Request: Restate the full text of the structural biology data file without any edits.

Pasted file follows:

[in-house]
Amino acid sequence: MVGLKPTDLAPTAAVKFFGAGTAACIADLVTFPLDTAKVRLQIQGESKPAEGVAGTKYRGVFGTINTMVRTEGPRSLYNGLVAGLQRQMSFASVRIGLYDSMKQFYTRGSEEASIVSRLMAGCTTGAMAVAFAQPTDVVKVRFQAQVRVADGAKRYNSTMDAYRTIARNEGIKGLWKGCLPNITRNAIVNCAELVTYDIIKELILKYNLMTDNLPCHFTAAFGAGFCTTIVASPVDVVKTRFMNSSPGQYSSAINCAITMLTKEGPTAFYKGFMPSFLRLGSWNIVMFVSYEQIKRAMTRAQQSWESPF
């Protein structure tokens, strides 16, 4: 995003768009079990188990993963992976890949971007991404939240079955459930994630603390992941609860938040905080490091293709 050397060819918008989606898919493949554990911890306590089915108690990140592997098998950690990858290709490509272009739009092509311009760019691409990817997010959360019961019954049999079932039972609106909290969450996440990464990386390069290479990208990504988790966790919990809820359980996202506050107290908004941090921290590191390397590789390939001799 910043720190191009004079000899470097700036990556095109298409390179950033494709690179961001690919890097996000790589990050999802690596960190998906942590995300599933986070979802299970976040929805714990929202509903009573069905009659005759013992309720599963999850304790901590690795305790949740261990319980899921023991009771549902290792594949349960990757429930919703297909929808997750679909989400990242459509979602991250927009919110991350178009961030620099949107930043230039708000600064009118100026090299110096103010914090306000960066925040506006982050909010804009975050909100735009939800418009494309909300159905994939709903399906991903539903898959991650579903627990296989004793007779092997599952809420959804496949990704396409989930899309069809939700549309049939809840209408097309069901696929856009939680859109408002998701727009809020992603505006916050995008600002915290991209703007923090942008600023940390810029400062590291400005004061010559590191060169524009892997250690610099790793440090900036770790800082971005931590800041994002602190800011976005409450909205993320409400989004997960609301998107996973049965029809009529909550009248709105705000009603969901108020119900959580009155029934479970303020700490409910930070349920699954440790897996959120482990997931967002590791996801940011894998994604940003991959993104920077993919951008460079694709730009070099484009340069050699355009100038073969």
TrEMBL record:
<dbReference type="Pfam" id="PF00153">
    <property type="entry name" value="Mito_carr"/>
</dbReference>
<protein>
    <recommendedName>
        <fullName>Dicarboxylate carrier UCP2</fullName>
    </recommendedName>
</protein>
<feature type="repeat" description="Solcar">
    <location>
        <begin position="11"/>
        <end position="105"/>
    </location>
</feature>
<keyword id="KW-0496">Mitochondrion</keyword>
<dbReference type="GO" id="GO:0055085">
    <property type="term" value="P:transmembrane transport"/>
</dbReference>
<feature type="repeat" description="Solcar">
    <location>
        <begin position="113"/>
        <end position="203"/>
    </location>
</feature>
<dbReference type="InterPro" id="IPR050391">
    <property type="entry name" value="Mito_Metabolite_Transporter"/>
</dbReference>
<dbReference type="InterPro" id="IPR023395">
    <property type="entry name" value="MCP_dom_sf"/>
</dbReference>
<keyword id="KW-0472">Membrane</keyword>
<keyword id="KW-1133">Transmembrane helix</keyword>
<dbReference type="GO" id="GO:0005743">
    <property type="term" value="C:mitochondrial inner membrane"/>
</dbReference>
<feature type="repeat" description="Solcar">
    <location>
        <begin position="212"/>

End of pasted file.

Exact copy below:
[in-house]
Amino acid sequence: MVGLKPTDLAPTAAVKFFGAGTAACIADLVTFPLDTAKVRLQIQGESKPAEGVAGTKYRGVFGTINTMVRTEGPRSLYNGLVAGLQRQMSFASVRIGLYDSMKQFYTRGSEEASIVSRLMAGCTTGAMAVAFAQPTDVVKVRFQAQVRVADGAKRYNSTMDAYRTIARNEGIKGLWKGCLPNITRNAIVNCAELVTYDIIKELILKYNLMTDNLPCHFTAAFGAGFCTTIVASPVDVVKTRFMNSSPGQYSSAINCAITMLTKEGPTAFYKGFMPSFLRLGSWNIVMFVSYEQIKRAMTRAQQSWESPF
């Protein structure tokens, strides 16, 4: 995003768009079990188990993963992976890949971007991404939240079955459930994630603390992941609860938040905080490091293709 050397060819918008989606898919493949554990911890306590089915108690990140592997098998950690990858290709490509272009739009092509311009760019691409990817997010959360019961019954049999079932039972609106909290969450996440990464990386390069290479990208990504988790966790919990809820359980996202506050107290908004941090921290590191390397590789390939001799 910043720190191009004079000899470097700036990556095109298409390179950033494709690179961001690919890097996000790589990050999802690596960190998906942590995300599933986070979802299970976040929805714990929202509903009573069905009659005759013992309720599963999850304790901590690795305790949740261990319980899921023991009771549902290792594949349960990757429930919703297909929808997750679909989400990242459509979602991250927009919110991350178009961030620099949107930043230039708000600064009118100026090299110096103010914090306000960066925040506006982050909010804009975050909100735009939800418009494309909300159905994939709903399906991903539903898959991650579903627990296989004793007779092997599952809420959804496949990704396409989930899309069809939700549309049939809840209408097309069901696929856009939680859109408002998701727009809020992603505006916050995008600002915290991209703007923090942008600023940390810029400062590291400005004061010559590191060169524009892997250690610099790793440090900036770790800082971005931590800041994002602190800011976005409450909205993320409400989004997960609301998107996973049965029809009529909550009248709105705000009603969901108020119900959580009155029934479970303020700490409910930070349920699954440790897996959120482990997931967002590791996801940011894998994604940003991959993104920077993919951008460079694709730009070099484009340069050699355009100038073969």
TrEMBL record:
<dbReference type="Pfam" id="PF00153">
    <property type="entry name" value="Mito_carr"/>
</dbReference>
<protein>
    <recommendedName>
        <fullName>Dicarboxylate carrier UCP2</fullName>
    </recommendedName>
</protein>
<feature type="repeat" description="Solcar">
    <location>
        <begin position="11"/>
        <end position="105"/>
    </location>
</feature>
<keyword id="KW-0496">Mitochondrion</keyword>
<dbReference type="GO" id="GO:0055085">
    <property type="term" value="P:transmembrane transport"/>
</dbReference>
<feature type="repeat" description="Solcar">
    <location>
        <begin position="113"/>
        <end position="203"/>
    </location>
</feature>
<dbReference type="InterPro" id="IPR050391">
    <property type="entry name" value="Mito_Metabolite_Transporter"/>
</dbReference>
<dbReference type="InterPro" id="IPR023395">
    <property type="entry name" value="MCP_dom_sf"/>
</dbReference>
<keyword id="KW-0472">Membrane</keyword>
<keyword id="KW-1133">Transmembrane helix</keyword>
<dbReference type="GO" id="GO:0005743">
    <property type="term" value="C:mitochondrial inner membrane"/>
</dbReference>
<feature type="repeat" description="Solcar">
    <location>
        <begin position="212"/>